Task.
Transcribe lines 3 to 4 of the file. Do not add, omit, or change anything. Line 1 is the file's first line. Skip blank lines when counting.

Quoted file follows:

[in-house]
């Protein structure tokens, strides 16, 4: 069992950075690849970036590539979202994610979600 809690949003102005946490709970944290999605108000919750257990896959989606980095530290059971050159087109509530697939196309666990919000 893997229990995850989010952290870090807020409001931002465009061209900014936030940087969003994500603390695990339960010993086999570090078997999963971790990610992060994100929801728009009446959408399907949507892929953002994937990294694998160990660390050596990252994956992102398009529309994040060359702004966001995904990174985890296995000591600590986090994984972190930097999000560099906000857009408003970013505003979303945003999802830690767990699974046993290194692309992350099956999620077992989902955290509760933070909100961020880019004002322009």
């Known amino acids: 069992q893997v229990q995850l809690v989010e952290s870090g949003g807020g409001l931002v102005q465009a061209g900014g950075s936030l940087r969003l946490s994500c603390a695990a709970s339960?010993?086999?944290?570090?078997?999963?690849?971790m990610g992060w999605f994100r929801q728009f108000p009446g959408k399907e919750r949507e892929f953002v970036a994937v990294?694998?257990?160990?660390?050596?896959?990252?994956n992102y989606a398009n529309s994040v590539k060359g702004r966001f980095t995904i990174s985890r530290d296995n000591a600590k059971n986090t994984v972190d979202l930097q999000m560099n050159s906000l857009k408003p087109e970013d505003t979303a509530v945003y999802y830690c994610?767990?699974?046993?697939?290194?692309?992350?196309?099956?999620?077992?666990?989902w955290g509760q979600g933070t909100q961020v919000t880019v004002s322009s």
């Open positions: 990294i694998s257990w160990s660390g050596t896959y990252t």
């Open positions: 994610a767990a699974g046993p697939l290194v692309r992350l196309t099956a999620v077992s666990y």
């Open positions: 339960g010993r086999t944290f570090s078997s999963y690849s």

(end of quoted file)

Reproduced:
């Known amino acids: 069992q893997v229990q995850l809690v989010e952290s870090g949003g807020g409001l931002v102005q465009a061209g900014g950075s936030l940087r969003l946490s994500c603390a695990a709970s339960?010993?086999?944290?570090?078997?999963?690849?971790m990610g992060w999605f994100r929801q728009f108000p009446g959408k399907e919750r949507e892929f953002v970036a994937v990294?694998?257990?160990?660390?050596?896959?990252?994956n992102y989606a398009n529309s994040v590539k060359g702004r966001f980095t995904i990174s985890r530290d296995n000591a600590k059971n986090t994984v972190d979202l930097q999000m560099n050159s906000l857009k408003p087109e970013d505003t979303a509530v945003y999802y830690c994610?767990?699974?046993?697939?290194?692309?992350?196309?099956?999620?077992?666990?989902w955290g509760q979600g933070t909100q961020v919000t880019v004002s322009s």
């Open positions: 990294i694998s257990w160990s660390g050596t896959y990252t």